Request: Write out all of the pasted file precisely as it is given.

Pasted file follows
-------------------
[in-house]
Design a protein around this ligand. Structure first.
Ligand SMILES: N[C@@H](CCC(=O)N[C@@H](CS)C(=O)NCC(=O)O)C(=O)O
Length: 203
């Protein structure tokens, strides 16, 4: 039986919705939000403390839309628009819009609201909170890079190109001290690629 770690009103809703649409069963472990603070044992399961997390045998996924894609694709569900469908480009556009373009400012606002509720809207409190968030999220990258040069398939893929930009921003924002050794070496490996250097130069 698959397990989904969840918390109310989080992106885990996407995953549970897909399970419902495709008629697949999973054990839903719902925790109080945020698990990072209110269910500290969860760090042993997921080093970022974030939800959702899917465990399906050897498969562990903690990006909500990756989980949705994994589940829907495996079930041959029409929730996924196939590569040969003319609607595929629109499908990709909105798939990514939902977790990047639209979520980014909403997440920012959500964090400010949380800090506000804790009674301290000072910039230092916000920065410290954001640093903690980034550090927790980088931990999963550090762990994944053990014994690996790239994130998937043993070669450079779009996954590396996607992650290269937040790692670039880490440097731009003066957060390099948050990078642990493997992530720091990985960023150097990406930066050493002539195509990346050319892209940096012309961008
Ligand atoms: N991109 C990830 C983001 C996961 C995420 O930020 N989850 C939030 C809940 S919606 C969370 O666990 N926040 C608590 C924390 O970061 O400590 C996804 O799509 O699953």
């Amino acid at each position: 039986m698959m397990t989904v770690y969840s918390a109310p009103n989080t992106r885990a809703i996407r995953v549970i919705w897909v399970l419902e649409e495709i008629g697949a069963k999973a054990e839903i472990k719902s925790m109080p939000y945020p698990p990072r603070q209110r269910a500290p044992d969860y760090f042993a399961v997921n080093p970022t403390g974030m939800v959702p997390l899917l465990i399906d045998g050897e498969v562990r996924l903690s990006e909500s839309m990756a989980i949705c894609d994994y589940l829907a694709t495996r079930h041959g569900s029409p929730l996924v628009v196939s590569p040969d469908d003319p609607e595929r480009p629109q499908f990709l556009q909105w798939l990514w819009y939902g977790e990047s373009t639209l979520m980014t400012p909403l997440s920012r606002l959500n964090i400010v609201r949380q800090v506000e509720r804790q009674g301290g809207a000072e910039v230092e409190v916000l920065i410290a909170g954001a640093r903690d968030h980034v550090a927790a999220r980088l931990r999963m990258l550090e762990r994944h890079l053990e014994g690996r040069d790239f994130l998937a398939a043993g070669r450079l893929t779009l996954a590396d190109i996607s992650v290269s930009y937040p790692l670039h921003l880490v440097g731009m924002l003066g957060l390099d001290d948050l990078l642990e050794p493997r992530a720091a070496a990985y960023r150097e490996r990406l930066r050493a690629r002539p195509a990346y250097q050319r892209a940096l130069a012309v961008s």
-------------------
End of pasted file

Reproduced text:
[in-house]
Design a protein around this ligand. Structure first.
Ligand SMILES: N[C@@H](CCC(=O)N[C@@H](CS)C(=O)NCC(=O)O)C(=O)O
Length: 203
């Protein structure tokens, strides 16, 4: 039986919705939000403390839309628009819009609201909170890079190109001290690629 770690009103809703649409069963472990603070044992399961997390045998996924894609694709569900469908480009556009373009400012606002509720809207409190968030999220990258040069398939893929930009921003924002050794070496490996250097130069 698959397990989904969840918390109310989080992106885990996407995953549970897909399970419902495709008629697949999973054990839903719902925790109080945020698990990072209110269910500290969860760090042993997921080093970022974030939800959702899917465990399906050897498969562990903690990006909500990756989980949705994994589940829907495996079930041959029409929730996924196939590569040969003319609607595929629109499908990709909105798939990514939902977790990047639209979520980014909403997440920012959500964090400010949380800090506000804790009674301290000072910039230092916000920065410290954001640093903690980034550090927790980088931990999963550090762990994944053990014994690996790239994130998937043993070669450079779009996954590396996607992650290269937040790692670039880490440097731009003066957060390099948050990078642990493997992530720091990985960023150097990406930066050493002539195509990346050319892209940096012309961008
Ligand atoms: N991109 C990830 C983001 C996961 C995420 O930020 N989850 C939030 C809940 S919606 C969370 O666990 N926040 C608590 C924390 O970061 O400590 C996804 O799509 O699953």
């Amino acid at each position: 039986m698959m397990t989904v770690y969840s918390a109310p009103n989080t992106r885990a809703i996407r995953v549970i919705w897909v399970l419902e649409e495709i008629g697949a069963k999973a054990e839903i472990k719902s925790m109080p939000y945020p698990p990072r603070q209110r269910a500290p044992d969860y760090f042993a399961v997921n080093p970022t403390g974030m939800v959702p997390l899917l465990i399906d045998g050897e498969v562990r996924l903690s990006e909500s839309m990756a989980i949705c894609d994994y589940l829907a694709t495996r079930h041959g569900s029409p929730l996924v628009v196939s590569p040969d469908d003319p609607e595929r480009p629109q499908f990709l556009q909105w798939l990514w819009y939902g977790e990047s373009t639209l979520m980014t400012p909403l997440s920012r606002l959500n964090i400010v609201r949380q800090v506000e509720r804790q009674g301290g809207a000072e910039v230092e409190v916000l920065i410290a909170g954001a640093r903690d968030h980034v550090a927790a999220r980088l931990r999963m990258l550090e762990r994944h890079l053990e014994g690996r040069d790239f994130l998937a398939a043993g070669r450079l893929t779009l996954a590396d190109i996607s992650v290269s930009y937040p790692l670039h921003l880490v440097g731009m924002l003066g957060l390099d001290d948050l990078l642990e050794p493997r992530a720091a070496a990985y960023r150097e490996r990406l930066r050493a690629r002539p195509a990346y250097q050319r892209a940096l130069a012309v961008s």